Macro Photography: Photographing Patterns in Nature

Posted By @ 10:08 on November 14th 2012
Category: blog, Macro, Macro Garden Photography, Nature Photography

The natural world is a wonderful source of inspiration for close up or macro photography that makes use of patterns. Some of these photos can even become quite abstract. Once you train your eye to start to look for patterns in nature, you’ll soon find that you’re noticing them everywhere!

bark

One of the best things about this kind of photography is that no special equipment is needed. A basic compact camera will usually have a good close-focusing ability, making it well able to take this kind of image. If you have a DSLR with a zoom lens which includes a standard length and longer, it will be very versatile – and if you have a macro lens, then you have a whole world of possibilities!

You don’t have to look very far for suitable subjects either. Patterns in nature can be found everywhere. The fronds of a fern, ripples in the sand on a beach, the spines of a cactus, or the overlapping petals in the centre of a dahlia – the list is endless. At this time of year, when flowers and foliage are not so abundant, tree bark can be a great source of pattern pictures. In this photo of a birch trunk, I composed the picture so that the stripes were at a diagonal across the frame, which I though made the picture a bit more interesting than having them horizontal.

leaf with raindrops

The more you crop into your subject, the more your macro photography will feel abstract. We all know that the bark photo is a picture of bark – but in fact it is more a picture about patterns and color.

In the same way, this close up of raindrops on a leaf has an abstract feel to it. Of course we know that it’s a leaf – but because it’s only part of a leaf, and not the whole, it seems to be more an abstract pattern made by the veins of the leaf and the circular drops of water.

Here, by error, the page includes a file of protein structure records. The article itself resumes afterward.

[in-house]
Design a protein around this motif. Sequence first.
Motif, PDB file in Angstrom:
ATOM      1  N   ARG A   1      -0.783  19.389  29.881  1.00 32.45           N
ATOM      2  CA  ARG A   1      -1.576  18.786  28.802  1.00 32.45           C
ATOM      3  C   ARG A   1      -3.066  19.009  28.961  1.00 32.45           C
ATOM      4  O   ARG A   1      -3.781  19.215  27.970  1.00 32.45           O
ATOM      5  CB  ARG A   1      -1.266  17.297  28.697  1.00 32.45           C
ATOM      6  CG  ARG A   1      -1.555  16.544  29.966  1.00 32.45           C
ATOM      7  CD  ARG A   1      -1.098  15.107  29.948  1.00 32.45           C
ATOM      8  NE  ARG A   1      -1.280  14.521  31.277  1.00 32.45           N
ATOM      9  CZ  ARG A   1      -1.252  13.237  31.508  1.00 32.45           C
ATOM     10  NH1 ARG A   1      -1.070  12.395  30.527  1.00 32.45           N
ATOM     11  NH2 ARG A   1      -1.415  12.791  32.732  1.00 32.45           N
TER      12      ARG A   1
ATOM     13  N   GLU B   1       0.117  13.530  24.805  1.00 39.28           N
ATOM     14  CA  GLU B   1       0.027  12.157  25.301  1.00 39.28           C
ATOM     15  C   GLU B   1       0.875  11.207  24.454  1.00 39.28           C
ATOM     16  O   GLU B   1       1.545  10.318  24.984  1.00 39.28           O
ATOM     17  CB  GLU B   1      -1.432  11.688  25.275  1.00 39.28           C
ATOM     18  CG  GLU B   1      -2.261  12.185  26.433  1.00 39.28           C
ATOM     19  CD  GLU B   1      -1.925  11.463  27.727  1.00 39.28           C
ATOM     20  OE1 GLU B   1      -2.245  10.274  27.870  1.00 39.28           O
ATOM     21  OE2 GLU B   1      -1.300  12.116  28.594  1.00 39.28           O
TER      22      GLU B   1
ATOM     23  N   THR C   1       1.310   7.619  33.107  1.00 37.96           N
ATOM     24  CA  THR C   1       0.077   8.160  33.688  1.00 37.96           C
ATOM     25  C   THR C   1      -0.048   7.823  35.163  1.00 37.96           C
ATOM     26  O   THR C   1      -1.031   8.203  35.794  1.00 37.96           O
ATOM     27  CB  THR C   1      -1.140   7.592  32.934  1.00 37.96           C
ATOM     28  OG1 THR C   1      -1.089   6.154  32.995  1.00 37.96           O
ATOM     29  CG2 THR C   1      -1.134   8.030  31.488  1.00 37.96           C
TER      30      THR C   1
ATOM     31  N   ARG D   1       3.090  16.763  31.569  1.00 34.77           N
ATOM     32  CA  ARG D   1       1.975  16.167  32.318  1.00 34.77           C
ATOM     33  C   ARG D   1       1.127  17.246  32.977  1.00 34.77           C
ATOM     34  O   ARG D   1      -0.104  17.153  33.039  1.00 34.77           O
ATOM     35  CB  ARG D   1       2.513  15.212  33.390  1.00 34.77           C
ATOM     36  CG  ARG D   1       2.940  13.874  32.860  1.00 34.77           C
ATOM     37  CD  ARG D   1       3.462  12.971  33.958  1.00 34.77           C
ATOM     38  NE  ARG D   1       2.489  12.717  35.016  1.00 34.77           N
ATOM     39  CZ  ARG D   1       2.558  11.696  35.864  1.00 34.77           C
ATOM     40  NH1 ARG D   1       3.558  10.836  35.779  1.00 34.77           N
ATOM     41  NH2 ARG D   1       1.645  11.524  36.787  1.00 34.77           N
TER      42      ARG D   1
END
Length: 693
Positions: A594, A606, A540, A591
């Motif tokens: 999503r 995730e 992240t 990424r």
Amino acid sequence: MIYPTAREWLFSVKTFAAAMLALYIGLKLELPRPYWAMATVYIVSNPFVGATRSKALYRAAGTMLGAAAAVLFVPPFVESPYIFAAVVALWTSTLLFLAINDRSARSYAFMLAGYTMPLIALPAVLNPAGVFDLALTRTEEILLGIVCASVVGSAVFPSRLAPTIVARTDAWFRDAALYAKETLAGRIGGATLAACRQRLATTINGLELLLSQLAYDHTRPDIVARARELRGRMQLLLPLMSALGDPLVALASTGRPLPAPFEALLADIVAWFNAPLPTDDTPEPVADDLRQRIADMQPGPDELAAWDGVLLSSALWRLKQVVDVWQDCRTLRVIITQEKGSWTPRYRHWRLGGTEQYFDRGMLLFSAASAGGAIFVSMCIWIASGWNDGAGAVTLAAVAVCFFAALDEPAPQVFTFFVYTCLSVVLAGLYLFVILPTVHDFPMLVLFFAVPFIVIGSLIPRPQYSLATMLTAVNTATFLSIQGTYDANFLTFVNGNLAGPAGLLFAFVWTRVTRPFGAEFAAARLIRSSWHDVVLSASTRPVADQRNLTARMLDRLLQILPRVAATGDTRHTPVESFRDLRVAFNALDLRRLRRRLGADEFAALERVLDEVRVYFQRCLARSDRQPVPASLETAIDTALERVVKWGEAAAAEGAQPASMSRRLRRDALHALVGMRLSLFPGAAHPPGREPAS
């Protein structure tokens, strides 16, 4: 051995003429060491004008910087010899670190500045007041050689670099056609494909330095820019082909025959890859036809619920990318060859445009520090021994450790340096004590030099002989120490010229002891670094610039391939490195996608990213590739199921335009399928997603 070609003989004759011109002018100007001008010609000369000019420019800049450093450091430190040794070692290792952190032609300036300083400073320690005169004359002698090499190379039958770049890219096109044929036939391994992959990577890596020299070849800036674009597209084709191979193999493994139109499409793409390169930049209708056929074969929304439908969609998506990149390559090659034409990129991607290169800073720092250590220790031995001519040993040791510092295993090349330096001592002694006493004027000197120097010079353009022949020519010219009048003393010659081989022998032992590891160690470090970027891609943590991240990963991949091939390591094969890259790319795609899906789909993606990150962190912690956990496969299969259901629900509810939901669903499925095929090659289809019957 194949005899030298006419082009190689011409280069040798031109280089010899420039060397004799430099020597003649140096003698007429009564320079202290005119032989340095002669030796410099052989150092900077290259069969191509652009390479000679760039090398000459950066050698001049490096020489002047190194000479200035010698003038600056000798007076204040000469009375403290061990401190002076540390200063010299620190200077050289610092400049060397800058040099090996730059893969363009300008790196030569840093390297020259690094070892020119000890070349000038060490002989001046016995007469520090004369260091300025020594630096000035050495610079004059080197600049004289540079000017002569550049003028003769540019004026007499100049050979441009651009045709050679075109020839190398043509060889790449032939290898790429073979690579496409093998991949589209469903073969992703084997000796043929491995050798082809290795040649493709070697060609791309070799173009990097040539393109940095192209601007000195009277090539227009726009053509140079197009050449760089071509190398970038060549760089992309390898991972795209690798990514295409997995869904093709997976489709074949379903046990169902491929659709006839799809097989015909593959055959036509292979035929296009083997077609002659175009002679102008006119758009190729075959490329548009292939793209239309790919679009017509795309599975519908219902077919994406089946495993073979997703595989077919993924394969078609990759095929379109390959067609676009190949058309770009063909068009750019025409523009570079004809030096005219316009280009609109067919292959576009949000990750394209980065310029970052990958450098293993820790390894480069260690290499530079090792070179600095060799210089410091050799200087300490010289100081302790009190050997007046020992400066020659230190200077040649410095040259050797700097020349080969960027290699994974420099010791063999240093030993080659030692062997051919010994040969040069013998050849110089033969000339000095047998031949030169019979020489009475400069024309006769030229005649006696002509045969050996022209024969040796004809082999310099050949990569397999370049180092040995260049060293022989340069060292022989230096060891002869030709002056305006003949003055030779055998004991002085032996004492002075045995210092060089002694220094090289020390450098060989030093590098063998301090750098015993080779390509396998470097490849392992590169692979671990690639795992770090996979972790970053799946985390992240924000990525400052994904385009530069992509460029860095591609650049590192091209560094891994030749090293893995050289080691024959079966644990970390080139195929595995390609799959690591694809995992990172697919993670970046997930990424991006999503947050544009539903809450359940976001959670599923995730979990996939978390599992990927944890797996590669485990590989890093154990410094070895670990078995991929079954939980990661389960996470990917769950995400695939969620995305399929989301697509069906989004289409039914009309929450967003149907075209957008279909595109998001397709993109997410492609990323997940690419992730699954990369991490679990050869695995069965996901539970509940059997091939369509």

lily gloriosa abstract

For this photo of a Gloriosa lily, I intentionally threw the entire subject out of focus, so that the picture has become very abstract indeed, just a composition of colors and curving shapes. It’s about as far as you can get from a botanical record photograph of the lily!

If you would like to learn more about macro Photography why not consider doing Heather Angel 4 week online course Mastering Macro Photography.

4 responses to Macro Photography: Photographing Patterns in Nature

  1. leo fourdraine says:

    Love your style and your daring! Check out mine on my new facebook site Leo Fourdraine Photography. My beach macros are way unusual!
    Let me know what you think, please.
    L E O

    Reply |
  2. admin says:

    Love that pink and green shot!

    Reply |
  3. Tunji says:

    Hi,
    Which lens would you recommend for shooting Macro with a Canon DSLR?

    Thanks.

    Reply |
  4. Hi!

    If you have any questions on Macro Photography please feel free to ask them here and we will do our best to answer them

    Reply |

Leave a Reply

Your email address will not be published. Required fields are marked *

You may use these HTML tags and attributes: <a href="" title=""> <abbr title=""> <acronym title=""> <b> <blockquote cite=""> <cite> <code> <del datetime=""> <em> <i> <q cite=""> <strike> <strong>